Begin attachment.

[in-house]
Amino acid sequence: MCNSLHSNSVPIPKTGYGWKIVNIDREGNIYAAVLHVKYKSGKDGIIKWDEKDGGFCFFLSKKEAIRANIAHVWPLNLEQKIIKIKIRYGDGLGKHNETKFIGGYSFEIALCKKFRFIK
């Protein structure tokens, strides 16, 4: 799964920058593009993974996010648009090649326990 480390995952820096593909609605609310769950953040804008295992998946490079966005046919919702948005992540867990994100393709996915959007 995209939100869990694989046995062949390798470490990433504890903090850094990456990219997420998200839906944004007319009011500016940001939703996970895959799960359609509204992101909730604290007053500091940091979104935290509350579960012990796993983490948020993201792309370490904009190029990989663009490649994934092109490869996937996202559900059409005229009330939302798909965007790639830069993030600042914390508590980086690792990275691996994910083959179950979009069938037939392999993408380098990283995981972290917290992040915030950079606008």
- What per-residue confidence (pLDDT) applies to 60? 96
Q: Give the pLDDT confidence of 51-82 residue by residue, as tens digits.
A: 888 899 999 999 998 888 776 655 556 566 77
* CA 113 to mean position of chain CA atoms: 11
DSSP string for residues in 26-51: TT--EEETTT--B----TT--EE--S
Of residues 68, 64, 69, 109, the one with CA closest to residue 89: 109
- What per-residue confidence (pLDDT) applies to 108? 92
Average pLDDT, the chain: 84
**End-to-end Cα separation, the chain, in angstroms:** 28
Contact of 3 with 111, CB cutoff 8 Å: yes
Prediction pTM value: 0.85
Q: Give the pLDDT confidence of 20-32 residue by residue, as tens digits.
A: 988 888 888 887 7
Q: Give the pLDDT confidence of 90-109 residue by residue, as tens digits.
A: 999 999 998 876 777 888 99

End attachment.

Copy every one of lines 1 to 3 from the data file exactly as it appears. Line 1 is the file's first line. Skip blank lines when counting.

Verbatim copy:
[in-house]
Amino acid sequence: MCNSLHSNSVPIPKTGYGWKIVNIDREGNIYAAVLHVKYKSGKDGIIKWDEKDGGFCFFLSKKEAIRANIAHVWPLNLEQKIIKIKIRYGDGLGKHNETKFIGGYSFEIALCKKFRFIK
């Protein structure tokens, strides 16, 4: 799964920058593009993974996010648009090649326990 480390995952820096593909609605609310769950953040804008295992998946490079966005046919919702948005992540867990994100393709996915959007 995209939100869990694989046995062949390798470490990433504890903090850094990456990219997420998200839906944004007319009011500016940001939703996970895959799960359609509204992101909730604290007053500091940091979104935290509350579960012990796993983490948020993201792309370490904009190029990989663009490649994934092109490869996937996202559900059409005229009330939302798909965007790639830069993030600042914390508590980086690792990275691996994910083959179950979009069938037939392999993408380098990283995981972290917290992040915030950079606008």